Can The IRS Take My Social Security?

by Kent Anderson, Esq.

October 20, 2007

Yes they can; at least a portion of the Social Security benefit can be taken by the IRS if you owe tax.  Social Security payments are not protected from enforced collection to recover money owed to the US Treasury.  The IRS can levy against Social Security payments in two different ways.  There is a 15% automated levy and an IRS manual levy that can take a much larger portion of the payment.

The first Social Security collection option, the Federal Payment Levy Program allows an automatic deduction in the amount of 15% of each monthly benefit that goes to the IRS to pay outstanding debt.  The second option, a continuous levy on wages, salary or other income, takes the entire amount above a minimum exemption. The amount of monthly income exempt from levy is based on the tax withholding status of the taxpayer. For example, a single taxpayer without additional dependants is entitled to a minimum monthly exemption from levy of $729.17. The IRS provides a chart each year that indicates the amount of benefit, wage or other payment exempt from levy.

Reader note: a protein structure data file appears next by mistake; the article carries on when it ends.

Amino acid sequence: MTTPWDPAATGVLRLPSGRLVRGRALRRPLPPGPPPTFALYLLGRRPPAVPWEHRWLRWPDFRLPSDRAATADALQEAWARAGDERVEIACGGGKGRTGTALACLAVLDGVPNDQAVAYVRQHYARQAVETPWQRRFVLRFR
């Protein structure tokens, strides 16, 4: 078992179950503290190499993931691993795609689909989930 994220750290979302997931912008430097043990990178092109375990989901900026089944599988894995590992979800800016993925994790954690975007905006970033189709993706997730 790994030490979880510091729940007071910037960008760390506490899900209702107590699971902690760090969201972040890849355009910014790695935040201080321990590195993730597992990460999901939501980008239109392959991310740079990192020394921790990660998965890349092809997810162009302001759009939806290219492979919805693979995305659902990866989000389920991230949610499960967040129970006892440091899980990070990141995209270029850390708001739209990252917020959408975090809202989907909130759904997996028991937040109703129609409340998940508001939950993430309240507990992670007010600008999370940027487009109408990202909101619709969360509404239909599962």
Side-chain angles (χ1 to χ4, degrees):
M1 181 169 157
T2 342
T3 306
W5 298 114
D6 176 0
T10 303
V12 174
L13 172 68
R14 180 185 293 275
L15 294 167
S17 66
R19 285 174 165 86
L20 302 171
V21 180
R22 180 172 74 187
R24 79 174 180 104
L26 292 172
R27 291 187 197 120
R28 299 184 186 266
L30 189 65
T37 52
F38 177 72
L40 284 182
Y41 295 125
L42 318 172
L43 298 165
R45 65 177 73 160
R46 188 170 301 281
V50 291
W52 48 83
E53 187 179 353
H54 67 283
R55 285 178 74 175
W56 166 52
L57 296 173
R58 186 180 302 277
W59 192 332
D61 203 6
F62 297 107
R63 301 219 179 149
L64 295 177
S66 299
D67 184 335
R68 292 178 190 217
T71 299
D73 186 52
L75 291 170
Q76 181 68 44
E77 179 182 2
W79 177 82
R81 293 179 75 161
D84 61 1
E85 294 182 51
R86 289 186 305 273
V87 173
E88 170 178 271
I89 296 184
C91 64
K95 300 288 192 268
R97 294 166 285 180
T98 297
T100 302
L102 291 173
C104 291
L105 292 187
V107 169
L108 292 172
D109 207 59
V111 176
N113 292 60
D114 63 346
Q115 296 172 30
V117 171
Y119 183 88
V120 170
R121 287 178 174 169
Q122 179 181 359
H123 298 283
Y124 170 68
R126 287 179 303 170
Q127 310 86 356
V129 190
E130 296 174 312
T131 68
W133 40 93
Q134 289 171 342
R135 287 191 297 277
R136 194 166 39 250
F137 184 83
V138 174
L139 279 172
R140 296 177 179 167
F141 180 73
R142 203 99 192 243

If the IRS levy causes a financial hardship, it may be possible to reduce the amount taken or stop the levy altogether. As I discussed in an earlier article, the IRS maintains standards for collection and is usually willing to work out an agreement for voluntary payment. If an agreement is reached, the IRS will release the levy.

Even if a taxpayer is unable to make payments on the debt, a full levy release may be possible under appropriate circumstances. If the taxpayer can not meet minimum allowed living standards with the levy in place, the IRS must reduce or release the levy. However, they will not do so unless financial information and supporting documentation is provided to the IRS for their analysis.

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I was admitted to practice in 1978. I am certified as a Consumer Bankruptcy Specialist by the American Board of Certification. I regularly speak on tax and bankruptcy issues at state, regional and national conferences. Years of experience in practice before the Internal Revenue Service and Oregon Department of Revenue have given me the background to resolve a large variety of consumer tax issues.

Last modified: October 22, 2012